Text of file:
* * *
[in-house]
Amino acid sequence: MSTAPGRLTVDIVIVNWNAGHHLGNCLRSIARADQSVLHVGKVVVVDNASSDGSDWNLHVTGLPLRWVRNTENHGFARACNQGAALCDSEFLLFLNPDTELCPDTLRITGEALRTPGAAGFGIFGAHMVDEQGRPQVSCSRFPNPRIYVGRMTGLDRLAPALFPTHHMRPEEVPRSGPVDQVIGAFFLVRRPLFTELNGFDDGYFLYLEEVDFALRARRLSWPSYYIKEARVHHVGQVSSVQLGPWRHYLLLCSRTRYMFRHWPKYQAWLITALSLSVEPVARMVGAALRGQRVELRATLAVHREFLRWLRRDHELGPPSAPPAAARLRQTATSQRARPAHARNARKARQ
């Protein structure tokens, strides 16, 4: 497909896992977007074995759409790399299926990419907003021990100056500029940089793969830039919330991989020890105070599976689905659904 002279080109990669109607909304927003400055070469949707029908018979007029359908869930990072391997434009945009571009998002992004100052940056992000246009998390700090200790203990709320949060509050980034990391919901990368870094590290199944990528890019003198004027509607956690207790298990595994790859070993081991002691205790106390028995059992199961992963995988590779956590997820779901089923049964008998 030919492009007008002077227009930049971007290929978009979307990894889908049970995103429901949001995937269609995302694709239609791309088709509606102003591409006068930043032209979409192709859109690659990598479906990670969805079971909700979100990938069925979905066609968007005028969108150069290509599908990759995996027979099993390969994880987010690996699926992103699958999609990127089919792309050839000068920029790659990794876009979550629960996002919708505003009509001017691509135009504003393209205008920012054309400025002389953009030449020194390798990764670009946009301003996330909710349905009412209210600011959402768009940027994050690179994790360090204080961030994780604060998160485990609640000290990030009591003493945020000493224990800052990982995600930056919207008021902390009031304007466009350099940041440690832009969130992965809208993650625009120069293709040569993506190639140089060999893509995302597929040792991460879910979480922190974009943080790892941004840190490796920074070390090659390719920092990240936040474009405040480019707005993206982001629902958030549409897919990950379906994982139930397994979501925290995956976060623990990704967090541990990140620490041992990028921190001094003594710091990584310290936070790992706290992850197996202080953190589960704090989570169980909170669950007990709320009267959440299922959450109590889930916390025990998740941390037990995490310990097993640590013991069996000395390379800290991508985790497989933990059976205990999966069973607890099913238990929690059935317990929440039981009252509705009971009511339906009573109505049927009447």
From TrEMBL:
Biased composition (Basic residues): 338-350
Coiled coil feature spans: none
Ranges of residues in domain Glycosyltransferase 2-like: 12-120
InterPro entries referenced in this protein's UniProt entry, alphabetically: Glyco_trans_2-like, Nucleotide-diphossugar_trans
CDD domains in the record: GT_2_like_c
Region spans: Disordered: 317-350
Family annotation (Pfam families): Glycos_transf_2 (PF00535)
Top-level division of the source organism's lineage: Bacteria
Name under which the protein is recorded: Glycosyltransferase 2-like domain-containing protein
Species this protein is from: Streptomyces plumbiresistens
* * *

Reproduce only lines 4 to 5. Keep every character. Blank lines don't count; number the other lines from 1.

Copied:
From TrEMBL:
Biased composition (Basic residues): 338-350